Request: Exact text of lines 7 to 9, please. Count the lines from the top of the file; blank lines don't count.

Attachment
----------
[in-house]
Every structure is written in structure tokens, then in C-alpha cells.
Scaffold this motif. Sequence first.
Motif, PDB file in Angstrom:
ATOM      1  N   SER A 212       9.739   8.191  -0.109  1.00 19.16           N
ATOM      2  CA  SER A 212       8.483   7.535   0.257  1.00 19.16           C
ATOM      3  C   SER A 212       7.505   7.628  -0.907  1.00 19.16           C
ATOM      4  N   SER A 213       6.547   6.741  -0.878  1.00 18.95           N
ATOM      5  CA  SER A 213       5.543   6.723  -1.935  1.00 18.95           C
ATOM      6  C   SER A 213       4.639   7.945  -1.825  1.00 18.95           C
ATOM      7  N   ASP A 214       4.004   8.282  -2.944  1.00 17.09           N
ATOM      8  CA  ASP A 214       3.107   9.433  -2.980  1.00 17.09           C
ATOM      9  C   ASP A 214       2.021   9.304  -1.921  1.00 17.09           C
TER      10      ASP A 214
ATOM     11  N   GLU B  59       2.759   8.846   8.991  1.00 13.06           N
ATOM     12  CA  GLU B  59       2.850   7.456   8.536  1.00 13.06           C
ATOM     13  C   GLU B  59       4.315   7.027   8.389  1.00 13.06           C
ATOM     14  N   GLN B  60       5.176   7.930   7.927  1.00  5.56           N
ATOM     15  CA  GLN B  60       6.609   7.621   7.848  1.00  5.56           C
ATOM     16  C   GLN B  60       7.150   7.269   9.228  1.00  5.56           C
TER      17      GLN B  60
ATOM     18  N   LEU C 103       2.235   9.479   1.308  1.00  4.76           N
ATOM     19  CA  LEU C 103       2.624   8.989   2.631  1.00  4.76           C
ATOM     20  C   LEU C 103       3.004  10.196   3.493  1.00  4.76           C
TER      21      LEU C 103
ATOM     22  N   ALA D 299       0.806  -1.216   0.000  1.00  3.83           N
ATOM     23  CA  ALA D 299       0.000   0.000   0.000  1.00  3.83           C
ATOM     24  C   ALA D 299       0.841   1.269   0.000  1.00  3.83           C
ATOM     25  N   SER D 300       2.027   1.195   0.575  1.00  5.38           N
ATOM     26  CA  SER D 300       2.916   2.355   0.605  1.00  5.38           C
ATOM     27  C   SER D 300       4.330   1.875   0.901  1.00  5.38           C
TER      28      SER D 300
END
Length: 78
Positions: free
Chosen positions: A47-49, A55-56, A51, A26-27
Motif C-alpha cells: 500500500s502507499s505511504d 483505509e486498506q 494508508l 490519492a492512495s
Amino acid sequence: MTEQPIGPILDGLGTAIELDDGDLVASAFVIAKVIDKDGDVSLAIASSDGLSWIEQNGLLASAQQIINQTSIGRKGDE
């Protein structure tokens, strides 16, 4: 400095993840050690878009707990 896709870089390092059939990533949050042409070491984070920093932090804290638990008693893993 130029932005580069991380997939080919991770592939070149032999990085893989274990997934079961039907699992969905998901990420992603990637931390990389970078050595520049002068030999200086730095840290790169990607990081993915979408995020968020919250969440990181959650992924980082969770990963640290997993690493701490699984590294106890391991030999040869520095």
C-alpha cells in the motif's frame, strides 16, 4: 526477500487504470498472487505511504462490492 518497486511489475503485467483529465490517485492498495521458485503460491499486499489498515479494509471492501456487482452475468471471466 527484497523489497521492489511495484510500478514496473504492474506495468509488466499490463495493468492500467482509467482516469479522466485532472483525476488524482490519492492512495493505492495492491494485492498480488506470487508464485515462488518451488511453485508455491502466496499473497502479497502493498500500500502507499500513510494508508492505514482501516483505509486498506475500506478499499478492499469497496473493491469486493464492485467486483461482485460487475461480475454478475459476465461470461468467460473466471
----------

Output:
ATOM      3  C   SER A 212       7.505   7.628  -0.907  1.00 19.16           C
ATOM      4  N   SER A 213       6.547   6.741  -0.878  1.00 18.95           N
ATOM      5  CA  SER A 213       5.543   6.723  -1.935  1.00 18.95           C